And of course, both Blacks and Whites can be member of the JBS.

    Whadya think?

  39. 39
    Steeplejack says:

    @Chuck Butcher:

    When don’t you feel testy? (Rhetorical question.)

    Hope you feel better soon. It sucks to be sick. Especially when you have to work. Sending cosmic (but testy) healing beams your way.

  40. 40
    General Stuck says:

    These days, the lynchings are hi tech

  41. 41
    asiangrrlMN says:

    Thanks again for a thought-provoking post, Dennis. I really struggle with what I think of John Brown and how I would react to a modern-day equivalent. If it were in words only, then I would applaud and egg him on. If it were in deeds, though, I am not sure.

    @Sasha: Love. It. But only if I can participate.

    I do agree that we need more people willing to be shrill–but not Obama. It’s gotta come from elsewhere.

    @Steeplejack: Hiya. From one OCD sufferer to another, I salute you. And, how are you doing?

  42. 42
    Andy K says:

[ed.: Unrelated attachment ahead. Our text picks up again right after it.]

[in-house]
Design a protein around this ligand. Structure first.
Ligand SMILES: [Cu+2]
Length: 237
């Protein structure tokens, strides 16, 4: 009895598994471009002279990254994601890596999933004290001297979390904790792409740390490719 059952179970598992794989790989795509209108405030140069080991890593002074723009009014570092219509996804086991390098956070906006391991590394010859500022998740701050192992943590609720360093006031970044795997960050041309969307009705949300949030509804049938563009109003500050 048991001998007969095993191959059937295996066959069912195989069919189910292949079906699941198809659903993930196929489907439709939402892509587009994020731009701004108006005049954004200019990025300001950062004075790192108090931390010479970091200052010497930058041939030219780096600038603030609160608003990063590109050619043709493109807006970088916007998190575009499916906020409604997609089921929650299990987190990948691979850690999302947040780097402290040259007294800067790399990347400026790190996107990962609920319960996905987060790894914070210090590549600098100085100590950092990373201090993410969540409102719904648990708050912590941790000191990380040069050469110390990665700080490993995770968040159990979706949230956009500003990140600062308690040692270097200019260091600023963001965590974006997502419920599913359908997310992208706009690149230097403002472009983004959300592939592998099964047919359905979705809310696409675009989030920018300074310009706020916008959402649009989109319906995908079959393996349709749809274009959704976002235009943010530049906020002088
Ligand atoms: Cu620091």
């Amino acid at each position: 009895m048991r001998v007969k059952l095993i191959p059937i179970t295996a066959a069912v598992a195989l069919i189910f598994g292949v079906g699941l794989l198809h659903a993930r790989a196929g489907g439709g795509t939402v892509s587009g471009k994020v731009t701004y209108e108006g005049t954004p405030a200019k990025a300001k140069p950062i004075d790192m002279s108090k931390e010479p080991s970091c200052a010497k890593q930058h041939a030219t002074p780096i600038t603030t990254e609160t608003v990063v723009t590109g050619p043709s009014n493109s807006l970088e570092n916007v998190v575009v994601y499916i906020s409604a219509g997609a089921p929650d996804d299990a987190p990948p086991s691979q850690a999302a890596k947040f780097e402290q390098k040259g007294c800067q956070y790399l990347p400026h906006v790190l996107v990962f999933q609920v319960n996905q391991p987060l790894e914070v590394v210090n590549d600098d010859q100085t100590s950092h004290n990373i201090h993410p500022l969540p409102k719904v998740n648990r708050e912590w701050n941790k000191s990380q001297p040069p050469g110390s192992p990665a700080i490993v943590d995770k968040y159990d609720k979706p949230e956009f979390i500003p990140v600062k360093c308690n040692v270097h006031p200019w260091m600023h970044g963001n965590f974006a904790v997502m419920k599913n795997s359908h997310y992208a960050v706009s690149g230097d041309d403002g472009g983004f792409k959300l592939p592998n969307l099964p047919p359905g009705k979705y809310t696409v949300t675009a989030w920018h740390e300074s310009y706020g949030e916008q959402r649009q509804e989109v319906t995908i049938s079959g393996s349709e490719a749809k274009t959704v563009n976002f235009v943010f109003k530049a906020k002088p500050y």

@Sasha:

    Not seeing it.

    Let’s put Brown in context: He was openly fighting against slavery for over twenty years before the Harpers Ferry raid. Three years before that raid, in Bloody Kansas, he led the Pottawatomie Massacre, where he and his followers killed pro-slavery settlers with broadswords- BROADSWORDS, for Chrissakes!- and never faced legal charges related to the event.

    What I’m getting at is that in 1859, a zealot could actually believe that if he staged a violent revolution over the issue of the day with very few followers in tow, there was a chance he’d succeed. I just can’t imagine someone- a sane someone, anyway- thinking that they could sway public opinion, let alone kick off a revolution, with a spontaneous act over one of many issues facing the nation today.

  43. 43
    goblue72 says:

    The story of John Brown always put an electric shock down my spine – a man serving a truly just cause while being utterly unafraid in the face of certain death in service of that cause – that whole thing about really, truly being willing to put your life on the line for someone else. Not because its your job, but just because. When you look people like that in the eye, you just can’t help but blink first.

    His violence never bothered me – you take another man in bondage & under the whip, well…live by the sword, then you die by it – preferably in a lot of pain before you expire. Ghandi-esque non-violence wasn’t going to end slavery anymore than it would have stopped the Germans in the 30s. Some things just need the end of a knife or gun to be defeated.